Collective Service Documentation

Core Commitments for Children Humanitarian Action


Since the Core Commitments for Children in Humanitarian Action (CCCs) were introduced in 1998 and revised in 2010, the global humanitarian context has changed significantly. Humanitarian crises are increasingly protracted. Rising disregard for international humanitarian and human rights law and humanitarian principles characterizes conflicts, disproportionally affecting children and women. Population growth, urbanization, environmental degradation and climate change, large-scale migration, forced displacements, as well as public health emergencies increasingly compound the threats that children face. The CCCs have been revised to equip UNICEF and its partners to deliver principled, timely, quality and child‑centred humanitarian response and advocacy in any crises with humanitarian consequences.

The CCCs form the core UNICEF policy and framework for humanitarian action and are mandatory for all UNICEF personnel. Grounded in global humanitarian norms and standards, the CCCs set organizational, programmatic and operational commitments and benchmarks against which UNICEF holds itself accountable for the coverage, quality and equity of its humanitarian action and advocacy.

In addition, they guide every stakeholder, including governments and civil society organizations (CSOs), in designing their humanitarian action and in setting and meeting standards for respecting, protecting and fulfilling the rights of children.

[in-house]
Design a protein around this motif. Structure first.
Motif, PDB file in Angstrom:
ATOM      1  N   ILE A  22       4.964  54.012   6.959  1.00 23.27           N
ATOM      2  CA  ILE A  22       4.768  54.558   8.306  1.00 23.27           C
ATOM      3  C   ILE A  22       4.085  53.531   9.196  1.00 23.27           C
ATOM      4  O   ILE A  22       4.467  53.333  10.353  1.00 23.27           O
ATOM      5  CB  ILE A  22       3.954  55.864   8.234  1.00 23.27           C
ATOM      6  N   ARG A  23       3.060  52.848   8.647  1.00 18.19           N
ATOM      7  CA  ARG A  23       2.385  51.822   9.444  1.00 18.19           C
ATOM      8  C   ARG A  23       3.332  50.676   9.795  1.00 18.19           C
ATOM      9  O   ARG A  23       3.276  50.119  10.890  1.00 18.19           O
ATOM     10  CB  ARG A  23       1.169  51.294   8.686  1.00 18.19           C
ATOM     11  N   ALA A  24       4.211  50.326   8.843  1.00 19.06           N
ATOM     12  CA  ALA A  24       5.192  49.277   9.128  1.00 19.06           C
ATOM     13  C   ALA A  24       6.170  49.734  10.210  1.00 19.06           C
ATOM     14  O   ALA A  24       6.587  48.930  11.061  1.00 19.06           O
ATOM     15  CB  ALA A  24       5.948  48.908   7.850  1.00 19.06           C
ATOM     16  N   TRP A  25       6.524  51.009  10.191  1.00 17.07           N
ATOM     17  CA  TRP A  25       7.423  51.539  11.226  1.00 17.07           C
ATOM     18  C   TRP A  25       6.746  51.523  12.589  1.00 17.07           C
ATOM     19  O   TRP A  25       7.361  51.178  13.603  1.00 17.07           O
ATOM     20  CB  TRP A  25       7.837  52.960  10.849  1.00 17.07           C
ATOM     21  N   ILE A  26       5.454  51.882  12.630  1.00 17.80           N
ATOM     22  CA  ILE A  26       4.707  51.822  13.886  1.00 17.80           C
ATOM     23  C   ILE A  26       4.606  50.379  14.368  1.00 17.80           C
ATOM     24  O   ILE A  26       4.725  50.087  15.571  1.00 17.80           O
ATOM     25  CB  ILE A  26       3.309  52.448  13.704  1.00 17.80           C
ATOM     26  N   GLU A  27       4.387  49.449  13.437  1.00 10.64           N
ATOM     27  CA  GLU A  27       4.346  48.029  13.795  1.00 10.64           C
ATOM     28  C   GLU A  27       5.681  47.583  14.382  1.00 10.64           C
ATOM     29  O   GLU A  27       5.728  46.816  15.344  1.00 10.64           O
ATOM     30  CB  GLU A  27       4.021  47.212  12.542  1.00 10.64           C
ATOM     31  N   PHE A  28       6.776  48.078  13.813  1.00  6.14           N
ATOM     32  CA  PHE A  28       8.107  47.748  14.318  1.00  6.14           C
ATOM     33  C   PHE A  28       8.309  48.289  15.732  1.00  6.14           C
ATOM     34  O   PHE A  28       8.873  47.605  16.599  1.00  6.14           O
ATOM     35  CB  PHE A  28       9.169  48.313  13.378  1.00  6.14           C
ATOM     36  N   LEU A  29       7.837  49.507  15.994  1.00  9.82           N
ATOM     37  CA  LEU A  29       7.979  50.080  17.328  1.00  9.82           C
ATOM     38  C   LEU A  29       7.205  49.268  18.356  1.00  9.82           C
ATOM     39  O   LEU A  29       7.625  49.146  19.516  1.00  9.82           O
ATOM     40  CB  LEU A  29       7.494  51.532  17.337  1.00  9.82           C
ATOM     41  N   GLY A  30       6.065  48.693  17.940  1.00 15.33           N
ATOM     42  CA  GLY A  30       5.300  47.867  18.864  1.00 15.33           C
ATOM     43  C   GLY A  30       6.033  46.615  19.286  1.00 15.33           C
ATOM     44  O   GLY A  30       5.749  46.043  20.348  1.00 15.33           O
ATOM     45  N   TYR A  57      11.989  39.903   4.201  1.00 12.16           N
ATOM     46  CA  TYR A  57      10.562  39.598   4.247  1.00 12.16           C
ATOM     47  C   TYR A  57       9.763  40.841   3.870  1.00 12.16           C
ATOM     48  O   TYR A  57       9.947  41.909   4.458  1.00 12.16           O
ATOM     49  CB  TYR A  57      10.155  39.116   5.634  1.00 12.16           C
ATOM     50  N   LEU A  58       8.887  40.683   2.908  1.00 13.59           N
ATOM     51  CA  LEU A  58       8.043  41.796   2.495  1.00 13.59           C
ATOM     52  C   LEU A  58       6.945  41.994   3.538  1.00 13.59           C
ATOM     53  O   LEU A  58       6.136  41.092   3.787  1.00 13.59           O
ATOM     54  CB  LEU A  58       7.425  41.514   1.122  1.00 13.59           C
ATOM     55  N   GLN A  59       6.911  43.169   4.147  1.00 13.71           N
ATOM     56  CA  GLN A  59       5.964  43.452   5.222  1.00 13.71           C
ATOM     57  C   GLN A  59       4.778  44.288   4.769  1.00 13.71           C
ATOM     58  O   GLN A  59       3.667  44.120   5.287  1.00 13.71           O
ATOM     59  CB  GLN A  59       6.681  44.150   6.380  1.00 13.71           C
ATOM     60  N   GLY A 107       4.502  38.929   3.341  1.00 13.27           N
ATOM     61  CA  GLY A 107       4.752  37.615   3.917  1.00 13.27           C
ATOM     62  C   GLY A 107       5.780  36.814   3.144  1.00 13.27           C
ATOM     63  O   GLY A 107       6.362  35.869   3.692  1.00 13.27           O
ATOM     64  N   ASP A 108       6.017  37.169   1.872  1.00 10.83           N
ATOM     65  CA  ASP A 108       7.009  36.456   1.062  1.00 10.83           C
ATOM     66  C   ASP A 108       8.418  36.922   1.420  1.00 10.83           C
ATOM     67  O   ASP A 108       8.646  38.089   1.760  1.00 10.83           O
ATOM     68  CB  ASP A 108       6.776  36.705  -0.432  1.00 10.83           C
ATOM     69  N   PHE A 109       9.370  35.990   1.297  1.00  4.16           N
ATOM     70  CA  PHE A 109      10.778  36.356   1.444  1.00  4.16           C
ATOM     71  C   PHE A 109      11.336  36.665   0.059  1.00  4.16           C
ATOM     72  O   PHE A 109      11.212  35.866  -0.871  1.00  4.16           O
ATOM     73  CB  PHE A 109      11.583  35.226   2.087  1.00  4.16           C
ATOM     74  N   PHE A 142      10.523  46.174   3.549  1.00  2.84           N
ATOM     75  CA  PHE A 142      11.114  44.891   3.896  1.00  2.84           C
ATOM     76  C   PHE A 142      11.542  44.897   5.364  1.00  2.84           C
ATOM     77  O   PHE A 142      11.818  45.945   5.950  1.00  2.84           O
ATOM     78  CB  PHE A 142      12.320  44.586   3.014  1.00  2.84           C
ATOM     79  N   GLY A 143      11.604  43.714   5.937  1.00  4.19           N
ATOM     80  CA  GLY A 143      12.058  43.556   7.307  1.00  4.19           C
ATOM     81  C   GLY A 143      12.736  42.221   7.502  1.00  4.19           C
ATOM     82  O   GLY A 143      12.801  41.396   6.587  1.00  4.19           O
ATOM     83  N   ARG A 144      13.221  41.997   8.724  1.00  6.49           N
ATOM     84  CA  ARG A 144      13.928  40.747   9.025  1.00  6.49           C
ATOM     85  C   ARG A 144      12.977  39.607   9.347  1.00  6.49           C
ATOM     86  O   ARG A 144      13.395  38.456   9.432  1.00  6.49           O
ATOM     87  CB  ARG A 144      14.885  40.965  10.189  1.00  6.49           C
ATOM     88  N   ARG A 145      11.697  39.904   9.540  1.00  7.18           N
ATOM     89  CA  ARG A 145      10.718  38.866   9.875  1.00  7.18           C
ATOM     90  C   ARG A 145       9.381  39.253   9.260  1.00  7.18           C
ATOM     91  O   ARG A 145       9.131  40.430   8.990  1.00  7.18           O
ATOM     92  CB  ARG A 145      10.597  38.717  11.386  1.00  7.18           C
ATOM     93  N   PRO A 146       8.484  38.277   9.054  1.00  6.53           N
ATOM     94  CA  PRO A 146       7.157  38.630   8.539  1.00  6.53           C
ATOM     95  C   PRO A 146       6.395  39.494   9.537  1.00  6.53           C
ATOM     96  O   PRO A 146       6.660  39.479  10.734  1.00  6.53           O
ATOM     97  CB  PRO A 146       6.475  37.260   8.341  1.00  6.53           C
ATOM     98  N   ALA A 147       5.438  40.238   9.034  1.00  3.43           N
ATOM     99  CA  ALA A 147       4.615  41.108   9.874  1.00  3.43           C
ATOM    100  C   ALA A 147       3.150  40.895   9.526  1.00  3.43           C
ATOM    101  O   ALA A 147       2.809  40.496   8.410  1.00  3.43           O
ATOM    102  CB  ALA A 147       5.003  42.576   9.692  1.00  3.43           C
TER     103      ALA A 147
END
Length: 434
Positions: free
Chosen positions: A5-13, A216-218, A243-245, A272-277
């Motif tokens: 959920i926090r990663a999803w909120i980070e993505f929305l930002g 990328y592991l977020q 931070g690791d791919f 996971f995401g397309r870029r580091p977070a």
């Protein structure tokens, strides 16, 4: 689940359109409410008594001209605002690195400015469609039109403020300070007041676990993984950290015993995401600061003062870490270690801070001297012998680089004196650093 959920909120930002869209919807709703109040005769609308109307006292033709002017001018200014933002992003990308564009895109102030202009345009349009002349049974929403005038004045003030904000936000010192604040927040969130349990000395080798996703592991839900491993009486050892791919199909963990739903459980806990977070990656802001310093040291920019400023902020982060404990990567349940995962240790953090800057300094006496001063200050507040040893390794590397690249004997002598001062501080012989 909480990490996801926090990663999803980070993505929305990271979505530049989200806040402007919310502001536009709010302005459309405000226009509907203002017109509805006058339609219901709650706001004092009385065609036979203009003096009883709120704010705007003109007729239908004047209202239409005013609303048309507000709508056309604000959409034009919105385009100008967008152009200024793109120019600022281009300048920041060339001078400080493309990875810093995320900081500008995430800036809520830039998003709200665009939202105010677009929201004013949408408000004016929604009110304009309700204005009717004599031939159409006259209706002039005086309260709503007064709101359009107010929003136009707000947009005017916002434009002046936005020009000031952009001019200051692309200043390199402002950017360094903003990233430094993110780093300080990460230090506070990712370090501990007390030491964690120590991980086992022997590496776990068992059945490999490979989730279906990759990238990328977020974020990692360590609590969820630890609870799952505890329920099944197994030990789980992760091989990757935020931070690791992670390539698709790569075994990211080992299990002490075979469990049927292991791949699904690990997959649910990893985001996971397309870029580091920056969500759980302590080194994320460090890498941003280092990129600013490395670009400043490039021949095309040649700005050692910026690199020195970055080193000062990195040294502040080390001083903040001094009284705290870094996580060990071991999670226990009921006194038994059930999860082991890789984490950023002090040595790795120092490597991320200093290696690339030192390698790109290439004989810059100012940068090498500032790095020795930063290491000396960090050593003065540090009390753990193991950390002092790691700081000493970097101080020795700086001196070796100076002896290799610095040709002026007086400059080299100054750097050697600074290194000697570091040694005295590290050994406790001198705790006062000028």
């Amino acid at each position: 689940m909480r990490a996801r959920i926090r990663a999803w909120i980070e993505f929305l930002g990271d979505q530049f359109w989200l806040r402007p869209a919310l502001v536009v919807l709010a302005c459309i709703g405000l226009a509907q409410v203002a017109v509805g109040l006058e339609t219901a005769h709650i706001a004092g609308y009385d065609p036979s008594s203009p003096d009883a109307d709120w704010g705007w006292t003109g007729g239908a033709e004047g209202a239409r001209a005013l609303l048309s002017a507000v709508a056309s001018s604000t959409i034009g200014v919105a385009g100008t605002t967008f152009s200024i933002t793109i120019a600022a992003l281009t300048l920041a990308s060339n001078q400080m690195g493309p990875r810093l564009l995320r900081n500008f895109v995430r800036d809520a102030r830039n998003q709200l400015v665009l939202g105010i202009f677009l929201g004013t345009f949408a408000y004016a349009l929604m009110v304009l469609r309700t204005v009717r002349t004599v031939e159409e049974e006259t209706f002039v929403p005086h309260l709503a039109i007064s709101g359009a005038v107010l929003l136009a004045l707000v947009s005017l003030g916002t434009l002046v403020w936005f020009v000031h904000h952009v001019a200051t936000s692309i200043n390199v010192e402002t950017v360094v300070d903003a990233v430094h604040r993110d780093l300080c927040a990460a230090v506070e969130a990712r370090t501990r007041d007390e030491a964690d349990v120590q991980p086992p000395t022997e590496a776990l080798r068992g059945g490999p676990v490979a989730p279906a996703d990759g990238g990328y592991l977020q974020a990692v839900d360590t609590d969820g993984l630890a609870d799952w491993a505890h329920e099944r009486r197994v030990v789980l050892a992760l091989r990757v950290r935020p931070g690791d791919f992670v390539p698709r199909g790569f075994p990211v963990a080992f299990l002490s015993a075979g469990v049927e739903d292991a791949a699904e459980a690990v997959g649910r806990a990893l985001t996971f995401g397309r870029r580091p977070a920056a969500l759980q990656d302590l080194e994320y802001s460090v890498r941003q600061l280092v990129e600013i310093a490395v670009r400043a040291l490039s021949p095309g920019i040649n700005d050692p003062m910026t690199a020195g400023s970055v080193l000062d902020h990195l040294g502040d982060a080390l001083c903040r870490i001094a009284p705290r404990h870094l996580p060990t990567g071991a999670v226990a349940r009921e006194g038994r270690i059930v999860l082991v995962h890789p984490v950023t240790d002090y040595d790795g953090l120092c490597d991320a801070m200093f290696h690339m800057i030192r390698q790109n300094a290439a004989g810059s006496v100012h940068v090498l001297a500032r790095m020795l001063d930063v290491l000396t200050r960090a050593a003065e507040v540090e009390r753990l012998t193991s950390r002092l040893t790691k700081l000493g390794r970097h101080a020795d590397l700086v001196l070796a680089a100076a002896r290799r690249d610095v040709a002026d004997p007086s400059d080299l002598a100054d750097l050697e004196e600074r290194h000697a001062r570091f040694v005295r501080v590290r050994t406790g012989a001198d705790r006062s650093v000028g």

Humanitarian action for UNICEF encompasses interventions aimed at saving lives, alleviating suffering, maintaining human dignity and protecting rights of affected populations, wherever there are humanitarian needs, regardless of the kind of crisis (sudden-onset or protracted emergencies, natural disasters, public health emergencies, complex emergencies, international or internal armed conflicts, etc., irrespective of the Gross National Income level of a country (low, middle or high), or legal status of the affected populations. Humanitarian action also encompasses interventions addressing underlying risks and causes of vulnerability to disasters, fragility and conflict, such as system strengthening and resilience-building, which contribute to reducing humanitarian needs, risks and vulnerabilities of affected populations.

The CCCs:

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